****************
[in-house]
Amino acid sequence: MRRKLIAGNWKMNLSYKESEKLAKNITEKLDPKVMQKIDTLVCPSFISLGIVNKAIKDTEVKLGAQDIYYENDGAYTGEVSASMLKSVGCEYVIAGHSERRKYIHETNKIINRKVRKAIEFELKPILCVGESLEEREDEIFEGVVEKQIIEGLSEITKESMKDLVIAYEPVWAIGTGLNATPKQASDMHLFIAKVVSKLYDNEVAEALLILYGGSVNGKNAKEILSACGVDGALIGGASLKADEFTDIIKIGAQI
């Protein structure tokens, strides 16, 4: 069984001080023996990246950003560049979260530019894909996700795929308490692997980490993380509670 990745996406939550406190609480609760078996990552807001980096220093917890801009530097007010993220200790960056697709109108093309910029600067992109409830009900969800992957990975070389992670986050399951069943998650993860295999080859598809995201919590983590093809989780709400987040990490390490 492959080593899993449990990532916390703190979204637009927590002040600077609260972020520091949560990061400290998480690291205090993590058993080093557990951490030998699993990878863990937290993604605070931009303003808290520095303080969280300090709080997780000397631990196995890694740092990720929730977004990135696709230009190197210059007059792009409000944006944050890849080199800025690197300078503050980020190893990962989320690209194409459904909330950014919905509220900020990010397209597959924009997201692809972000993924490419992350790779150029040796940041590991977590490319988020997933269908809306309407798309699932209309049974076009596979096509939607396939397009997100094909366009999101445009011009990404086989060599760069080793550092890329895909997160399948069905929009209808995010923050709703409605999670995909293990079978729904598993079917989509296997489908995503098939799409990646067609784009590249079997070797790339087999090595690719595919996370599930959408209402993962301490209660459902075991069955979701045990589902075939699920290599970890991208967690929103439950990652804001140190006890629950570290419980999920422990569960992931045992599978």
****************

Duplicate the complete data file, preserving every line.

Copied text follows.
[in-house]
Amino acid sequence: MRRKLIAGNWKMNLSYKESEKLAKNITEKLDPKVMQKIDTLVCPSFISLGIVNKAIKDTEVKLGAQDIYYENDGAYTGEVSASMLKSVGCEYVIAGHSERRKYIHETNKIINRKVRKAIEFELKPILCVGESLEEREDEIFEGVVEKQIIEGLSEITKESMKDLVIAYEPVWAIGTGLNATPKQASDMHLFIAKVVSKLYDNEVAEALLILYGGSVNGKNAKEILSACGVDGALIGGASLKADEFTDIIKIGAQI
């Protein structure tokens, strides 16, 4: 069984001080023996990246950003560049979260530019894909996700795929308490692997980490993380509670 990745996406939550406190609480609760078996990552807001980096220093917890801009530097007010993220200790960056697709109108093309910029600067992109409830009900969800992957990975070389992670986050399951069943998650993860295999080859598809995201919590983590093809989780709400987040990490390490 492959080593899993449990990532916390703190979204637009927590002040600077609260972020520091949560990061400290998480690291205090993590058993080093557990951490030998699993990878863990937290993604605070931009303003808290520095303080969280300090709080997780000397631990196995890694740092990720929730977004990135696709230009190197210059007059792009409000944006944050890849080199800025690197300078503050980020190893990962989320690209194409459904909330950014919905509220900020990010397209597959924009997201692809972000993924490419992350790779150029040796940041590991977590490319988020997933269908809306309407798309699932209309049974076009596979096509939607396939397009997100094909366009999101445009011009990404086989060599760069080793550092890329895909997160399948069905929009209808995010923050709703409605999670995909293990079978729904598993079917989509296997489908995503098939799409990646067609784009590249079997070797790339087999090595690719595919996370599930959408209402993962301490209660459902075991069955979701045990589902075939699920290599970890991208967690929103439950990652804001140190006890629950570290419980999920422990569960992931045992599978």